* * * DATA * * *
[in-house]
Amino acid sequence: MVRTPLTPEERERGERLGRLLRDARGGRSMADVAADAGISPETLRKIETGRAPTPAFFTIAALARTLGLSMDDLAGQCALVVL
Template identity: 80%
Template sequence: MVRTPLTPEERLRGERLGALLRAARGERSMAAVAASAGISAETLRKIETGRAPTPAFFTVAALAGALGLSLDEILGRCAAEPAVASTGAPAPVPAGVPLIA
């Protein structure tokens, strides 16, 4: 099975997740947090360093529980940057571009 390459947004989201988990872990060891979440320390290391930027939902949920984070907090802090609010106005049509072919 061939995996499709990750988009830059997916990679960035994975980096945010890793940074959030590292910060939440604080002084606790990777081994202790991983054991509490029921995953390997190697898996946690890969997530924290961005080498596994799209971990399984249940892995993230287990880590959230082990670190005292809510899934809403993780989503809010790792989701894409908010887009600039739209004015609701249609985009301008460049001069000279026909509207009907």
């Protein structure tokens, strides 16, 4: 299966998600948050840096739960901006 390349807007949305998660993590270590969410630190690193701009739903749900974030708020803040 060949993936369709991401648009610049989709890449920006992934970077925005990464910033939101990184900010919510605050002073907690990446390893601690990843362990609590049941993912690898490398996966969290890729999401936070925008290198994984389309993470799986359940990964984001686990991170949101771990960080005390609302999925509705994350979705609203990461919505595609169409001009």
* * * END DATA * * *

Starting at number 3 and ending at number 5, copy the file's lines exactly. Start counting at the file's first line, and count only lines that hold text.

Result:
Template identity: 80%
Template sequence: MVRTPLTPEERLRGERLGALLRAARGERSMAAVAASAGISAETLRKIETGRAPTPAFFTVAALAGALGLSLDEILGRCAAEPAVASTGAPAPVPAGVPLIA
């Protein structure tokens, strides 16, 4: 099975997740947090360093529980940057571009 390459947004989201988990872990060891979440320390290391930027939902949920984070907090802090609010106005049509072919 061939995996499709990750988009830059997916990679960035994975980096945010890793940074959030590292910060939440604080002084606790990777081994202790991983054991509490029921995953390997190697898996946690890969997530924290961005080498596994799209971990399984249940892995993230287990880590959230082990670190005292809510899934809403993780989503809010790792989701894409908010887009600039739209004015609701249609985009301008460049001069000279026909509207009907």